Fewer than 100 vacant buildings in Dublin have been redeveloped under a tax incentive scheme introduced almost seven years ago to bring city centre premises into residential use.
The Living City Initiative came into effect in April 2015 but the uptake has been "disappointing" despite it allowing building owners to claim 100 per cent tax relief on refurbishment and conversion work, a Dublin City Council conference on vacant buildings heard on Wednesday.
The scheme, which is designed to bring mostly pre-1915 houses and apartments above shops back into use, is open to owner-occupiers, landlords and owners of commercial premises.
However, despite what the council said is an intensive annual promotional campaign, and on-going engagement with historic building owners, landlords’ groups and estate agents, uptake has remained extremely low.
"The numbers of applications we have got have been disappointing considering the amount of effort that has gone into adverting it," Paul Clegg, who heads the council's development department told the conference.
“We do see an upsurge in queries after every advertising campaign but they aren’t leading to more applications.”
To date, the city council has received 155 valid applications for the scheme - 86 from owner occupiers and 68 for rental accommodation. So far work has been completed on just 94 projects.
A council survey of the Irish Property Owners Association found 40 per cent were reluctant to engage because the process was "too confusing", Mr Clegg said, and 50 per cent favoured an amendment to the scheme to include either a direct grant or a reduction in the tax relief period from 10 years to three or four years.
“In terms of better financial incentives, our recommendation is that there would be direct grant rather than tax relief.”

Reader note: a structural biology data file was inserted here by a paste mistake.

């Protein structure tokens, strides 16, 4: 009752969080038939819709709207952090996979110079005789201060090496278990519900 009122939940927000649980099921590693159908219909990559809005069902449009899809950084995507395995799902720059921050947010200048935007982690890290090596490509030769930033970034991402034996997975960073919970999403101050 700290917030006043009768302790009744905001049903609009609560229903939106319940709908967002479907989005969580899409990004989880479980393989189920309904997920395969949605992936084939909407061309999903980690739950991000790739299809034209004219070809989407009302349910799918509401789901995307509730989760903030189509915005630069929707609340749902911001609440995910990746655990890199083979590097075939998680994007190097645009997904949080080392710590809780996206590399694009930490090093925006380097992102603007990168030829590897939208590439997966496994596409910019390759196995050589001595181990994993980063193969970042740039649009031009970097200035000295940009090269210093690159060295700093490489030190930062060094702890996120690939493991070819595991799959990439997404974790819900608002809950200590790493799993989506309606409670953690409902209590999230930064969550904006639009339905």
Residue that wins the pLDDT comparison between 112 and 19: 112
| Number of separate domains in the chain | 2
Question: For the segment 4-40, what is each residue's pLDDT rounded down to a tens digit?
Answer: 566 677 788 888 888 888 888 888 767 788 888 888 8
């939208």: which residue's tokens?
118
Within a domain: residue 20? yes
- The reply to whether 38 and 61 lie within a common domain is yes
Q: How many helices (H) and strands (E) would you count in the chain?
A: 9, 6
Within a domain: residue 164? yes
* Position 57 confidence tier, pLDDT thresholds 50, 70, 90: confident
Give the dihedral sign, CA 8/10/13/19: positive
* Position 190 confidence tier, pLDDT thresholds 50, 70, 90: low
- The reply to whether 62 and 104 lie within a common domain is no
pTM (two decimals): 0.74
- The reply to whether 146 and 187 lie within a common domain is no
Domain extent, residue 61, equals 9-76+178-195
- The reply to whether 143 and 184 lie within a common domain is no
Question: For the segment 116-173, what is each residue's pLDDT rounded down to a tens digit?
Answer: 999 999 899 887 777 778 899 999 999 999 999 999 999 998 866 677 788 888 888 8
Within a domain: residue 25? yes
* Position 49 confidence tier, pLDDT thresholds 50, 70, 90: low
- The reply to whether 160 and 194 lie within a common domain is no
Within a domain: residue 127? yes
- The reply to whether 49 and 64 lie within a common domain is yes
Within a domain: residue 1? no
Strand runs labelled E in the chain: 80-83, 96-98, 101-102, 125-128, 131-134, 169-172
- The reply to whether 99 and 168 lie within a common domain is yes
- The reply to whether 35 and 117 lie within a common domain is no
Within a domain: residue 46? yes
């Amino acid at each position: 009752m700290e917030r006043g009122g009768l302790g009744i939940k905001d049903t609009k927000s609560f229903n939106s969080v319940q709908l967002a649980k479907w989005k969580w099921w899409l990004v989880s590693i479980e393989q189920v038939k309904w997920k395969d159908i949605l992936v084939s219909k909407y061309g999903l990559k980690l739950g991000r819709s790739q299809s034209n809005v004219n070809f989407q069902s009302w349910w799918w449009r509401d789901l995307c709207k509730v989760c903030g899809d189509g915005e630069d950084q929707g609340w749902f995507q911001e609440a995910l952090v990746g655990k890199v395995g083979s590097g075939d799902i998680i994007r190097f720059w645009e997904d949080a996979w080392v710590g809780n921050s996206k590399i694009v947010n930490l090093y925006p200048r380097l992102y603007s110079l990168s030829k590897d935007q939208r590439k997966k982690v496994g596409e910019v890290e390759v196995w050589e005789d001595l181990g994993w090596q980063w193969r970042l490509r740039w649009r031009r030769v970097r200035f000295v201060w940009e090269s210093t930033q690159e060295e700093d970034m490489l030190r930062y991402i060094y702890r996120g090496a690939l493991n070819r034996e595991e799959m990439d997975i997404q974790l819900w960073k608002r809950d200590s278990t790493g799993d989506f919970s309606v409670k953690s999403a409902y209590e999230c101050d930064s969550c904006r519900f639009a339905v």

The council also wanted the area governed by the scheme to be extended, Mr Clegg said. It currently only applies to some streets in the city centre, and parts of those streets are excluded.
“We would like to see a broader extension of the scheme to within the canals.”
This, he said, would take in many two-storey residential pre-1915 areas such as Portobello, Rialto, Stoneybatter and Blessington Basin.
The current city centre population of around 174,000 was not sufficient to stem the retail vacancy rate at ground floor level, the conference heard.
Neil Bannon, executive chairman of Bannon commercial property consultancy, said there was a need to attract the suburban shopper back to the city with a more diverse offering.
While there were considerable numbers of retail closures during and shortly before the Covid-19 pandemic, he said, “there has been an over representation of failure among UK high street retailers”.
“We could end up with a much more interesting city when they’re gone to be blunt, rather than having a generic UK high street feel.”
He said that with people able to work, shop and be entertained from home, “necessity is no longer motivation to visit shopping destinations” so it had to be replaced by desire.
“People are looking for that organic experience they are looking de-Starbucksification of their trip.”
City planner John O’Hara said the council was keen to build on public realm improvement and diversify the retail offering with an emphasis on activity at “street level” to attract people back to the city.
“The department store is probably a thing of the past now,” he said.
In addition to attracting out of town shoppers back to the city, he said there was a need to increase the city population.
“There are about 50,000 more homes into the city area than in the 1980s but the 1980s was a terrible era in the city.”